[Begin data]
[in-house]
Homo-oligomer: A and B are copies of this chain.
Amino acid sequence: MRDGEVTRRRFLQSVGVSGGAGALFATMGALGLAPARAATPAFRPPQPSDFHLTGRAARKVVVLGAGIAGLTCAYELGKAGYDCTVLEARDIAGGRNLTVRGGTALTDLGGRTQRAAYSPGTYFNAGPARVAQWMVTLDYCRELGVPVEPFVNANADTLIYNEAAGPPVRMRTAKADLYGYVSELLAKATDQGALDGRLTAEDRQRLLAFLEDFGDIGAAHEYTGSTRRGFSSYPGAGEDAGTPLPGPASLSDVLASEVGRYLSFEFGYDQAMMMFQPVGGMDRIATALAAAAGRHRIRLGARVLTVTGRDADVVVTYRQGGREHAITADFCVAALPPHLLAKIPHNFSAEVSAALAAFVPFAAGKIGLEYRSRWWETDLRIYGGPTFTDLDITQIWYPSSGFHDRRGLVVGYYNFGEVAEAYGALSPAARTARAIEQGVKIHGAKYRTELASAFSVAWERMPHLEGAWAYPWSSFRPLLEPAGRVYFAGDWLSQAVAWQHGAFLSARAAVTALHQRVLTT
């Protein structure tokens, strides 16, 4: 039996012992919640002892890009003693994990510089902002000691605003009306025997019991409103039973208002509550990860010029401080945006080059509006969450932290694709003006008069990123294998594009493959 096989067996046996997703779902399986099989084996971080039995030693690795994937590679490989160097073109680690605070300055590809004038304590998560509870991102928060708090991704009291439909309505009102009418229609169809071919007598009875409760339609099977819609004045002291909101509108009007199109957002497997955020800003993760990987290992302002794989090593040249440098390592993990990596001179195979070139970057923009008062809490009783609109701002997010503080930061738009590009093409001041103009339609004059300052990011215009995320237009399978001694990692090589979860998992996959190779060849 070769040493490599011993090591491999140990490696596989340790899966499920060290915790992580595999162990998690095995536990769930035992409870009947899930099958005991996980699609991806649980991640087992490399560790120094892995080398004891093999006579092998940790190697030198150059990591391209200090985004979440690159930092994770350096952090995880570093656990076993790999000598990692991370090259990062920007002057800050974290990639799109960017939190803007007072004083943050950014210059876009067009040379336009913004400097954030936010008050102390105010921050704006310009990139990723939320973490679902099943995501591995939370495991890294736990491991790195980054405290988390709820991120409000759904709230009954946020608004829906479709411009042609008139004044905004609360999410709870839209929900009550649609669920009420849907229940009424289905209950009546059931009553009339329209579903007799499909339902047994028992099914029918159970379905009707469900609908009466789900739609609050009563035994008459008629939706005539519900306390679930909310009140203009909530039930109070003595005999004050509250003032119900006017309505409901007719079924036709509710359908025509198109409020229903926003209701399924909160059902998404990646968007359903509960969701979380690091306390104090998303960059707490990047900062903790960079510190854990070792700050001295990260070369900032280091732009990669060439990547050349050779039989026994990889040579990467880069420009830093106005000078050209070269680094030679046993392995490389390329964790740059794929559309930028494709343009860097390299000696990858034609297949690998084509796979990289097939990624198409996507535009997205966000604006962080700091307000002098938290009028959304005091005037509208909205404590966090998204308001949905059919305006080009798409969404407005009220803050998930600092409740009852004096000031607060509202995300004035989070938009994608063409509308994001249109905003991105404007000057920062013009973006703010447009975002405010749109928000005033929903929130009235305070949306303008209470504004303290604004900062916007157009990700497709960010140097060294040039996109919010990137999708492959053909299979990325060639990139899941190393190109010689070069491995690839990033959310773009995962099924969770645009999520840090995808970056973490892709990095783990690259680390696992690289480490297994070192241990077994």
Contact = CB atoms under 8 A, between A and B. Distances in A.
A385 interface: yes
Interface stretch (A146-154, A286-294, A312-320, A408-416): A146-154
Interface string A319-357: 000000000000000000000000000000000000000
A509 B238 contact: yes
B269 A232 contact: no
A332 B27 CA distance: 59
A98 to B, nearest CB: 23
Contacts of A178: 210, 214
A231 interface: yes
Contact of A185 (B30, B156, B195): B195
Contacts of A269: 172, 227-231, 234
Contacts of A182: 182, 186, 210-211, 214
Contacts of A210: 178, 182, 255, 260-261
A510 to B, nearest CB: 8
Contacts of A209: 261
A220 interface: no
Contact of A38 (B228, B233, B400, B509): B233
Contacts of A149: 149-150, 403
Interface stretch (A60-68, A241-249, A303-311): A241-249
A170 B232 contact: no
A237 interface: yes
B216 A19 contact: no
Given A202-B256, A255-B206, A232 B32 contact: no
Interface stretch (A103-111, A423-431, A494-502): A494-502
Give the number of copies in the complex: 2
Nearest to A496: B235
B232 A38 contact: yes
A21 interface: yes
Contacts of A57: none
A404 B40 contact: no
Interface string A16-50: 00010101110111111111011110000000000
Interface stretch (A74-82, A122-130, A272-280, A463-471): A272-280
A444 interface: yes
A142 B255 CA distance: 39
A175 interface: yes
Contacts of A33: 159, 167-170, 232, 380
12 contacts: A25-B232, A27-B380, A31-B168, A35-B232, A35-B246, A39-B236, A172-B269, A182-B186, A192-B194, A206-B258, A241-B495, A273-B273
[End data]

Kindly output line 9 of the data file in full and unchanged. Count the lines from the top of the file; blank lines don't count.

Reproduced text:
A509 B238 contact: yes